The most puzzling finding was the negative correlation of hypnotizability and psi z scores, after controlling for prior psi experiences and expectations. It makes little sense from the altered-state perspective that low hypnotizables would perform better than highs in a ganzfeld psi task. Other results indicated, however, that experiencing an altered state (and some altered experiences) and reporting prior psi experiences were significant predictors only for high hypnotizables, but not for lows. These results might be explained by a possible interaction between dissociation and hypnotizability (although we did not find a significant interaction in our data). As Figure 2 illustrates, there were two clusters of high hypnotizables that scored in different directions depending on whether they experienced an altered state or not. For the cluster of high hypnotizables with positive psi z scores, five out of six were high dissociative, suggesting that a subset of high hypnotizable high dissociatives may be positive psi-scorers and another subset psi-missers, whereas low hypnotizables and/or low dissociative may show different patterns. In a previous study, we were surprised that LD highs performed significantly below chance (Cardena et al., 2009). LD highs scored noticeably, but not significantly, below chance in this study as well, and it is noteworthy that HD, whether high or low hypnotizables, tended to be more successful in the psi task (see Table 2). Avery speculative hypothesis is that HDs, regardless of their hypnotizability, are more likely to have had a history of trauma or abuse and thus may have become more likely to develop psi abilities in order to avoid further punishment, as we discussed in a previous paper (Cardena et al., 2009). It may be that highs who do not experience an altered state, and who may be low dissociative, tend to psimiss because they feel pressured or start using rational processes in a psi task, whereas lows in general are only slightly affected by, or conscious of, psi information. In any event, it seems worthwhile to continue evaluating the interaction of dissociation and hypnotizability in future research (cf. Cardena, 2010).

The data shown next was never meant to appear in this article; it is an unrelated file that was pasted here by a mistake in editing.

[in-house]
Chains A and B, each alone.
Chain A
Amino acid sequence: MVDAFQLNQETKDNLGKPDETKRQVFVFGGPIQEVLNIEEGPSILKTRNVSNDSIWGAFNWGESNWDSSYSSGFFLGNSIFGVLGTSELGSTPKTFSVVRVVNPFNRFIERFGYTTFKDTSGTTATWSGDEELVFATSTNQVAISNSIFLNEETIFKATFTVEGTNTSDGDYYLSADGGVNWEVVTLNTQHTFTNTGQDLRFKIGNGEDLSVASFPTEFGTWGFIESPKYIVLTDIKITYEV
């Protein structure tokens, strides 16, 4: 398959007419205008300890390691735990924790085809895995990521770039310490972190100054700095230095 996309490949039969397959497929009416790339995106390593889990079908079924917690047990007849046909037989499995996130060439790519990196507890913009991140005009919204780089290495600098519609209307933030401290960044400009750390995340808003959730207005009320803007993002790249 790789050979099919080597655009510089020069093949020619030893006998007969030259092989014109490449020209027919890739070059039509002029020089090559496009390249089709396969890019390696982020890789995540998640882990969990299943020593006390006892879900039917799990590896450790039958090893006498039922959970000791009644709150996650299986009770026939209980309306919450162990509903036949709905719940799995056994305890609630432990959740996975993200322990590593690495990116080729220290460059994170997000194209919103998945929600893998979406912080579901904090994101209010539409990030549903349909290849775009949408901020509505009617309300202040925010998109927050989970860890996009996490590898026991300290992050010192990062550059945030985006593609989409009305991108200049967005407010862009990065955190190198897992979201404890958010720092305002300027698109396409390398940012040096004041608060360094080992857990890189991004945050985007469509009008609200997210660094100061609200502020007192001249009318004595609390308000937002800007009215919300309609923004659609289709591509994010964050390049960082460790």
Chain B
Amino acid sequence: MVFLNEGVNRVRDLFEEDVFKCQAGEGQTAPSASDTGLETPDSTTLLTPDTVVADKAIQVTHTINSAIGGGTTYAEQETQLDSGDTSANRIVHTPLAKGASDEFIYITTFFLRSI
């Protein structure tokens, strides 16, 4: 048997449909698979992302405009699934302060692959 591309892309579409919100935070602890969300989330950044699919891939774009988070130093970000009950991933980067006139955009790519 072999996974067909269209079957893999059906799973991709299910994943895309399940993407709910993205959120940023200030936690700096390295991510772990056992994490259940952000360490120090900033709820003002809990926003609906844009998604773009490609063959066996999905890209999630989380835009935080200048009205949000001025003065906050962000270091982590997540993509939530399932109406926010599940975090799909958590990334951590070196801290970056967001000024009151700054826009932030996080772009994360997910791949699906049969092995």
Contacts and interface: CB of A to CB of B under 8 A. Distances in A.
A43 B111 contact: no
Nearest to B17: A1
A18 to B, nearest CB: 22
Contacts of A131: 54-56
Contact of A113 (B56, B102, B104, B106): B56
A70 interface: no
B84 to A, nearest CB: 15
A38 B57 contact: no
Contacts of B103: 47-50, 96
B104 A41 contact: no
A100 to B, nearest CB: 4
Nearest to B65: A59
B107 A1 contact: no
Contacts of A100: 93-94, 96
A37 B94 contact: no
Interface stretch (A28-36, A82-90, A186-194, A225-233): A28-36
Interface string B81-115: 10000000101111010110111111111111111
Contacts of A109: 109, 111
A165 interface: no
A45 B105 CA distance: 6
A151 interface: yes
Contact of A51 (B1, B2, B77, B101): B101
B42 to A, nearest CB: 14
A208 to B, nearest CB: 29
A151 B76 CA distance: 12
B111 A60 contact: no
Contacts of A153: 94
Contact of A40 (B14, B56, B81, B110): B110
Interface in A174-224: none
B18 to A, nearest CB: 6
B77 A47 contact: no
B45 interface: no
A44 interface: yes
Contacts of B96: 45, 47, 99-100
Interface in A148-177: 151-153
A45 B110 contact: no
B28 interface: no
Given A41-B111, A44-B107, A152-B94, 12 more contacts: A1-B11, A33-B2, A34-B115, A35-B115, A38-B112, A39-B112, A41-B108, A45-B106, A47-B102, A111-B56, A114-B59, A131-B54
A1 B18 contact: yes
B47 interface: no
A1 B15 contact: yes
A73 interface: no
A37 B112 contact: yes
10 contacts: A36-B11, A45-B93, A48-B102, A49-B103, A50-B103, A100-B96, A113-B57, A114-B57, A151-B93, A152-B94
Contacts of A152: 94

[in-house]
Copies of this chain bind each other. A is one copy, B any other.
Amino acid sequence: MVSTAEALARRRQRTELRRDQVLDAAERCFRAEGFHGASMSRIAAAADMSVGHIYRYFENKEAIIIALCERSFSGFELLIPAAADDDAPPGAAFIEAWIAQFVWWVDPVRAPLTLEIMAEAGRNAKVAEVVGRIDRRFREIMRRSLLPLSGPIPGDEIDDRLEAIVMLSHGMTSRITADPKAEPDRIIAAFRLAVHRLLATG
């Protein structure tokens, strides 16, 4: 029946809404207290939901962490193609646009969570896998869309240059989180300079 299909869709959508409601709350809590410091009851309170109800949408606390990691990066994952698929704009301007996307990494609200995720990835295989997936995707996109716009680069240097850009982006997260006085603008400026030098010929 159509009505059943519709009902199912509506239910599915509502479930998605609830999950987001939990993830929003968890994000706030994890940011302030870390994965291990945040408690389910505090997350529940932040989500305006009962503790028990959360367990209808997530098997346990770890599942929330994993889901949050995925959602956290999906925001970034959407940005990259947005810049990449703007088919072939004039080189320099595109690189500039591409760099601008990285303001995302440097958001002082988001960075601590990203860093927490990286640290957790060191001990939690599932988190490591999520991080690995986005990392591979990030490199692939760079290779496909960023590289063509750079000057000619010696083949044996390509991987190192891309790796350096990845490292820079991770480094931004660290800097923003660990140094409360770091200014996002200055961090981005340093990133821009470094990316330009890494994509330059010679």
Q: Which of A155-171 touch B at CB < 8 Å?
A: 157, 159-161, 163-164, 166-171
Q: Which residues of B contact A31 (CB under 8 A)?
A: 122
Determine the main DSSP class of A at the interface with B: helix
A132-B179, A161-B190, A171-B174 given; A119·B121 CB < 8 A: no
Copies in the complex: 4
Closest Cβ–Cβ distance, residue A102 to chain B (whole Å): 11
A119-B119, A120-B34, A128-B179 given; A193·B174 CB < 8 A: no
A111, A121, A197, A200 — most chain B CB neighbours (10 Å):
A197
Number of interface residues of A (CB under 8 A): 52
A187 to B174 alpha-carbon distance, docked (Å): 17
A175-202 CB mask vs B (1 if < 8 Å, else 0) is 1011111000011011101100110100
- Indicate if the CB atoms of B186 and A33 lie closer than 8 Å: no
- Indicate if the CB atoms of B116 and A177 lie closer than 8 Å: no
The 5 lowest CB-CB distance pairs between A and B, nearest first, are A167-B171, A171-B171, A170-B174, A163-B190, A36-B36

Furthermore, spontaneous comments made during the judging procedure by HD highs who had positive psi z scores suggest that they based their clip ratings more on hunches than imagery correspondences between the target and their mentation. Louisa Rhine (1953) found that most psi experiences could be categorized, in order of occurrence, as intuitions (hunches), hallucinations (imagery correspondences), or realistic and unrealistic dreams, and it may be that individuals with different traits use hunches and imagery correspondences differentially in psi tasks. Given that anecdotal psi was a predictor of psi performance for high hypnotizables, grouping these experiences according to Rhine's categories may help predict the strategies used during a psi task. It may be inhibitory to ask participants that have mostly had only psi hunches to base their rating decisions on imagery correspondences, and vice versa. More specifically, it seems that LD high hypnotizables may be more likely to use imagery than their HD counterparts (cf. Terhune & Cardena, 2010), and it was noticeable that imagery did not relate to psi z scores in our study. This is an area worth pursuing in the future.